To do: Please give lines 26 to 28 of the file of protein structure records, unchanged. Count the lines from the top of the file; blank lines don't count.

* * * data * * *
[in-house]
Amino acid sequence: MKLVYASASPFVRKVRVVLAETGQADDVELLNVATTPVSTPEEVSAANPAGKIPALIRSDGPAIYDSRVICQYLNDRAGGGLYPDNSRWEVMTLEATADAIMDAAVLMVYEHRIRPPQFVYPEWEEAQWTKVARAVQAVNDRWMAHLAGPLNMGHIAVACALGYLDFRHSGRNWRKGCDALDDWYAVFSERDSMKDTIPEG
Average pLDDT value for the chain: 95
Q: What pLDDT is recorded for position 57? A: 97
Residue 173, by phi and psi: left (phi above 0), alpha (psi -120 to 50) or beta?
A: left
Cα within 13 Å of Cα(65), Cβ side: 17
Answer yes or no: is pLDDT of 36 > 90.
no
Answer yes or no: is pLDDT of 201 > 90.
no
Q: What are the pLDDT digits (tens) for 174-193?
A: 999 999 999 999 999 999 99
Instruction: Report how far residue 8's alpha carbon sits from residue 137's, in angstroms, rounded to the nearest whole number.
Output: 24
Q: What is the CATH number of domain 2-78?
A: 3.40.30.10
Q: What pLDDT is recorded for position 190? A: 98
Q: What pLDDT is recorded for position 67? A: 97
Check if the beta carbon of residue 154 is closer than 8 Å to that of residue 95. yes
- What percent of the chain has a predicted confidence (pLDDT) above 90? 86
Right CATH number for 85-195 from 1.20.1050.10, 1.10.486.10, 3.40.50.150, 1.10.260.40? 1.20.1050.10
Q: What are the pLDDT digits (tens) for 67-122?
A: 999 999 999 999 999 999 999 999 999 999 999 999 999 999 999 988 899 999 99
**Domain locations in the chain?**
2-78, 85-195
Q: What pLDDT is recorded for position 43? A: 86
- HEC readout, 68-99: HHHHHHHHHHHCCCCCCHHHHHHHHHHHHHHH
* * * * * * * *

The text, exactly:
2-78, 85-195
Q: What pLDDT is recorded for position 43? A: 86
- HEC readout, 68-99: HHHHHHHHHHHCCCCCCHHHHHHHHHHHHHHH